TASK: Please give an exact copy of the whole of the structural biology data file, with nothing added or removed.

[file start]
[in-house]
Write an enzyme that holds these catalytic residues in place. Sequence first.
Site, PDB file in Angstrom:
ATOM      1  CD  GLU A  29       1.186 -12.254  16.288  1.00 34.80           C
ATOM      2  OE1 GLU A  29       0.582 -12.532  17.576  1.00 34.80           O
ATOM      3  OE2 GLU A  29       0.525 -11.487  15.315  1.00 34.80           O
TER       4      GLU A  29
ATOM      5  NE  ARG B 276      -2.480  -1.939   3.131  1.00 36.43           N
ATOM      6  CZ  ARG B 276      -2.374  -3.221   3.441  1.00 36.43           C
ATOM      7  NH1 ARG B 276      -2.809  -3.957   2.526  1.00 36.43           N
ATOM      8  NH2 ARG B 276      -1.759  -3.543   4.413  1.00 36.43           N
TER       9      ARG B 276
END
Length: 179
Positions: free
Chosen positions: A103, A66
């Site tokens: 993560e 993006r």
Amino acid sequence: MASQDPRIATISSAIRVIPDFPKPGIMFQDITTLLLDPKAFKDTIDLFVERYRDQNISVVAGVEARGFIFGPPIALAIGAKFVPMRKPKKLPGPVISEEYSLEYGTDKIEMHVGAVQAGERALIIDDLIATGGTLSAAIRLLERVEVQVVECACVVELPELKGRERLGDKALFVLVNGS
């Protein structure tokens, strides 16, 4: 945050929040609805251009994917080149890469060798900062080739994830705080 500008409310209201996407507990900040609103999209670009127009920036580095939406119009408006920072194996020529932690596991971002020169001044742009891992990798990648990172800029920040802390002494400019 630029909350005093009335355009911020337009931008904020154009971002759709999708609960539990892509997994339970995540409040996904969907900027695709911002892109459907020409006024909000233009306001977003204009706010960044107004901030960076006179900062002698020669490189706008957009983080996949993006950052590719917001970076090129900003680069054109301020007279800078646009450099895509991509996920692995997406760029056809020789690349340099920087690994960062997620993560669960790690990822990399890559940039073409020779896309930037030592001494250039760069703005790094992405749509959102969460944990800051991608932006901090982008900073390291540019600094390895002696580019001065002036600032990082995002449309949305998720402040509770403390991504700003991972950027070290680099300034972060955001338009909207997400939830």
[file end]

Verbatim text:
[in-house]
Write an enzyme that holds these catalytic residues in place. Sequence first.
Site, PDB file in Angstrom:
ATOM      1  CD  GLU A  29       1.186 -12.254  16.288  1.00 34.80           C
ATOM      2  OE1 GLU A  29       0.582 -12.532  17.576  1.00 34.80           O
ATOM      3  OE2 GLU A  29       0.525 -11.487  15.315  1.00 34.80           O
TER       4      GLU A  29
ATOM      5  NE  ARG B 276      -2.480  -1.939   3.131  1.00 36.43           N
ATOM      6  CZ  ARG B 276      -2.374  -3.221   3.441  1.00 36.43           C
ATOM      7  NH1 ARG B 276      -2.809  -3.957   2.526  1.00 36.43           N
ATOM      8  NH2 ARG B 276      -1.759  -3.543   4.413  1.00 36.43           N
TER       9      ARG B 276
END
Length: 179
Positions: free
Chosen positions: A103, A66
């Site tokens: 993560e 993006r």
Amino acid sequence: MASQDPRIATISSAIRVIPDFPKPGIMFQDITTLLLDPKAFKDTIDLFVERYRDQNISVVAGVEARGFIFGPPIALAIGAKFVPMRKPKKLPGPVISEEYSLEYGTDKIEMHVGAVQAGERALIIDDLIATGGTLSAAIRLLERVEVQVVECACVVELPELKGRERLGDKALFVLVNGS
């Protein structure tokens, strides 16, 4: 945050929040609805251009994917080149890469060798900062080739994830705080 500008409310209201996407507990900040609103999209670009127009920036580095939406119009408006920072194996020529932690596991971002020169001044742009891992990798990648990172800029920040802390002494400019 630029909350005093009335355009911020337009931008904020154009971002759709999708609960539990892509997994339970995540409040996904969907900027695709911002892109459907020409006024909000233009306001977003204009706010960044107004901030960076006179900062002698020669490189706008957009983080996949993006950052590719917001970076090129900003680069054109301020007279800078646009450099895509991509996920692995997406760029056809020789690349340099920087690994960062997620993560669960790690990822990399890559940039073409020779896309930037030592001494250039760069703005790094992405749509959102969460944990800051991608932006901090982008900073390291540019600094390895002696580019001065002036600032990082995002449309949305998720402040509770403390991504700003991972950027070290680099300034972060955001338009909207997400939830």